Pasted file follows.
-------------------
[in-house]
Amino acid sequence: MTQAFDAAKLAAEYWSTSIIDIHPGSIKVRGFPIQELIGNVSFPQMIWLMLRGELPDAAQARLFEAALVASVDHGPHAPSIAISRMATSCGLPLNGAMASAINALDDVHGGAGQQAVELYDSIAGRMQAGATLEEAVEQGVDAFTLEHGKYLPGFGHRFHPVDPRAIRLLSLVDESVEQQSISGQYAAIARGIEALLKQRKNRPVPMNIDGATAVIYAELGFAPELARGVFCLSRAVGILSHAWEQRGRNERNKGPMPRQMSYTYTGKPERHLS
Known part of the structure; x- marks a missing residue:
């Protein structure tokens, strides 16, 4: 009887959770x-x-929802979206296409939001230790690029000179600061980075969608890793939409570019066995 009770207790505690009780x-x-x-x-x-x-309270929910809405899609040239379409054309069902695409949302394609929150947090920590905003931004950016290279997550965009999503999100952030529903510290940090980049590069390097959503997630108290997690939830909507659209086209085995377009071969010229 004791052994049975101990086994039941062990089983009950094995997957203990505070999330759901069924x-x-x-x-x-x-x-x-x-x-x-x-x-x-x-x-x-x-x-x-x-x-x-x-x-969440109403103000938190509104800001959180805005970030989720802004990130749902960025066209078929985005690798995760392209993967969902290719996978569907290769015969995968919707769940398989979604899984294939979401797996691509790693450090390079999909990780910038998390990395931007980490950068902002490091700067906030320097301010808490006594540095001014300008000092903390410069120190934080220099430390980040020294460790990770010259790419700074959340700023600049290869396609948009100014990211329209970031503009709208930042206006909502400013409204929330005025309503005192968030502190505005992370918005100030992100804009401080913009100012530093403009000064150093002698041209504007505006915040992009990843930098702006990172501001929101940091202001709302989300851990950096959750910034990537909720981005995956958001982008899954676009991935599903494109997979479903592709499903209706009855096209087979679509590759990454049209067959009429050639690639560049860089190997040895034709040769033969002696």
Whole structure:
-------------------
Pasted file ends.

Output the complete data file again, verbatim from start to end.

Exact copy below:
[in-house]
Amino acid sequence: MTQAFDAAKLAAEYWSTSIIDIHPGSIKVRGFPIQELIGNVSFPQMIWLMLRGELPDAAQARLFEAALVASVDHGPHAPSIAISRMATSCGLPLNGAMASAINALDDVHGGAGQQAVELYDSIAGRMQAGATLEEAVEQGVDAFTLEHGKYLPGFGHRFHPVDPRAIRLLSLVDESVEQQSISGQYAAIARGIEALLKQRKNRPVPMNIDGATAVIYAELGFAPELARGVFCLSRAVGILSHAWEQRGRNERNKGPMPRQMSYTYTGKPERHLS
Known part of the structure; x- marks a missing residue:
């Protein structure tokens, strides 16, 4: 009887959770x-x-929802979206296409939001230790690029000179600061980075969608890793939409570019066995 009770207790505690009780x-x-x-x-x-x-309270929910809405899609040239379409054309069902695409949302394609929150947090920590905003931004950016290279997550965009999503999100952030529903510290940090980049590069390097959503997630108290997690939830909507659209086209085995377009071969010229 004791052994049975101990086994039941062990089983009950094995997957203990505070999330759901069924x-x-x-x-x-x-x-x-x-x-x-x-x-x-x-x-x-x-x-x-x-x-x-x-x-969440109403103000938190509104800001959180805005970030989720802004990130749902960025066209078929985005690798995760392209993967969902290719996978569907290769015969995968919707769940398989979604899984294939979401797996691509790693450090390079999909990780910038998390990395931007980490950068902002490091700067906030320097301010808490006594540095001014300008000092903390410069120190934080220099430390980040020294460790990770010259790419700074959340700023600049290869396609948009100014990211329209970031503009709208930042206006909502400013409204929330005025309503005192968030502190505005992370918005100030992100804009401080913009100012530093403009000064150093002698041209504007505006915040992009990843930098702006990172501001929101940091202001709302989300851990950096959750910034990537909720981005995956958001982008899954676009991935599903494109997979479903592709499903209706009855096209087979679509590759990454049209067959009429050639690639560049860089190997040895034709040769033969002696």
Whole structure: